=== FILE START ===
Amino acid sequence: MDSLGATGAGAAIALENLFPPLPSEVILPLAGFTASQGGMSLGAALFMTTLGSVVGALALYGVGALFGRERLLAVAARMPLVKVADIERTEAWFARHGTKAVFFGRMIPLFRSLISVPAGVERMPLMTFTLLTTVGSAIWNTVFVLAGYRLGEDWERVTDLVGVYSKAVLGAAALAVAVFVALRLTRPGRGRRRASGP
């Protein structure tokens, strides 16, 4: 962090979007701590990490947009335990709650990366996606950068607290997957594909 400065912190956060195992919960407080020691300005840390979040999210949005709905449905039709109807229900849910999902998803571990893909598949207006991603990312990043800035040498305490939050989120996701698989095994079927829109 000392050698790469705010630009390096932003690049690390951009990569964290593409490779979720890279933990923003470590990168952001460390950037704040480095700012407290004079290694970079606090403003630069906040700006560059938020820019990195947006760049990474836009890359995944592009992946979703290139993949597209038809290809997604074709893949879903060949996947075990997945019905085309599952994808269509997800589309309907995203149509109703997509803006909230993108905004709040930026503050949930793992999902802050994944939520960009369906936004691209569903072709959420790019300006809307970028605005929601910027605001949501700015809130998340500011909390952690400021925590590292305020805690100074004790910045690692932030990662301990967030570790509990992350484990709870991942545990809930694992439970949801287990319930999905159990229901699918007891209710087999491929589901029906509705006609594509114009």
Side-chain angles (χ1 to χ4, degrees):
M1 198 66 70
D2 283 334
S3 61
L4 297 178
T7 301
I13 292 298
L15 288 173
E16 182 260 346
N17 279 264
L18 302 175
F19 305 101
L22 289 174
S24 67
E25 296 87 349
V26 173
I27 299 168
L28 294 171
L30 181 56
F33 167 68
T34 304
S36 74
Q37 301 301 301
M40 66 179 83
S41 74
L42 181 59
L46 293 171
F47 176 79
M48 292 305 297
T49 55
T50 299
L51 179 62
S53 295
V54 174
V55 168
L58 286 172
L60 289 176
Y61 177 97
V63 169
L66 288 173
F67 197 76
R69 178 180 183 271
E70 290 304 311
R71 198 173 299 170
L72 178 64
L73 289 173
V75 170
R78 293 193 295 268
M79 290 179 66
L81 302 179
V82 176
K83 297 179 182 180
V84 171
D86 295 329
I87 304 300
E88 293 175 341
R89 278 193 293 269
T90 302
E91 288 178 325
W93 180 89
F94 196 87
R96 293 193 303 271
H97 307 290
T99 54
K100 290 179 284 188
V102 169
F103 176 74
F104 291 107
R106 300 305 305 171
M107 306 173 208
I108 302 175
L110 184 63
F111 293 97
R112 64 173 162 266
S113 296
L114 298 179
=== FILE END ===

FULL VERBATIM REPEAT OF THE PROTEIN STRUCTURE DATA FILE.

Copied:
Amino acid sequence: MDSLGATGAGAAIALENLFPPLPSEVILPLAGFTASQGGMSLGAALFMTTLGSVVGALALYGVGALFGRERLLAVAARMPLVKVADIERTEAWFARHGTKAVFFGRMIPLFRSLISVPAGVERMPLMTFTLLTTVGSAIWNTVFVLAGYRLGEDWERVTDLVGVYSKAVLGAAALAVAVFVALRLTRPGRGRRRASGP
């Protein structure tokens, strides 16, 4: 962090979007701590990490947009335990709650990366996606950068607290997957594909 400065912190956060195992919960407080020691300005840390979040999210949005709905449905039709109807229900849910999902998803571990893909598949207006991603990312990043800035040498305490939050989120996701698989095994079927829109 000392050698790469705010630009390096932003690049690390951009990569964290593409490779979720890279933990923003470590990168952001460390950037704040480095700012407290004079290694970079606090403003630069906040700006560059938020820019990195947006760049990474836009890359995944592009992946979703290139993949597209038809290809997604074709893949879903060949996947075990997945019905085309599952994808269509997800589309309907995203149509109703997509803006909230993108905004709040930026503050949930793992999902802050994944939520960009369906936004691209569903072709959420790019300006809307970028605005929601910027605001949501700015809130998340500011909390952690400021925590590292305020805690100074004790910045690692932030990662301990967030570790509990992350484990709870991942545990809930694992439970949801287990319930999905159990229901699918007891209710087999491929589901029906509705006609594509114009």
Side-chain angles (χ1 to χ4, degrees):
M1 198 66 70
D2 283 334
S3 61
L4 297 178
T7 301
I13 292 298
L15 288 173
E16 182 260 346
N17 279 264
L18 302 175
F19 305 101
L22 289 174
S24 67
E25 296 87 349
V26 173
I27 299 168
L28 294 171
L30 181 56
F33 167 68
T34 304
S36 74
Q37 301 301 301
M40 66 179 83
S41 74
L42 181 59
L46 293 171
F47 176 79
M48 292 305 297
T49 55
T50 299
L51 179 62
S53 295
V54 174
V55 168
L58 286 172
L60 289 176
Y61 177 97
V63 169
L66 288 173
F67 197 76
R69 178 180 183 271
E70 290 304 311
R71 198 173 299 170
L72 178 64
L73 289 173
V75 170
R78 293 193 295 268
M79 290 179 66
L81 302 179
V82 176
K83 297 179 182 180
V84 171
D86 295 329
I87 304 300
E88 293 175 341
R89 278 193 293 269
T90 302
E91 288 178 325
W93 180 89
F94 196 87
R96 293 193 303 271
H97 307 290
T99 54
K100 290 179 284 188
V102 169
F103 176 74
F104 291 107
R106 300 305 305 171
M107 306 173 208
I108 302 175
L110 184 63
F111 293 97
R112 64 173 162 266
S113 296
L114 298 179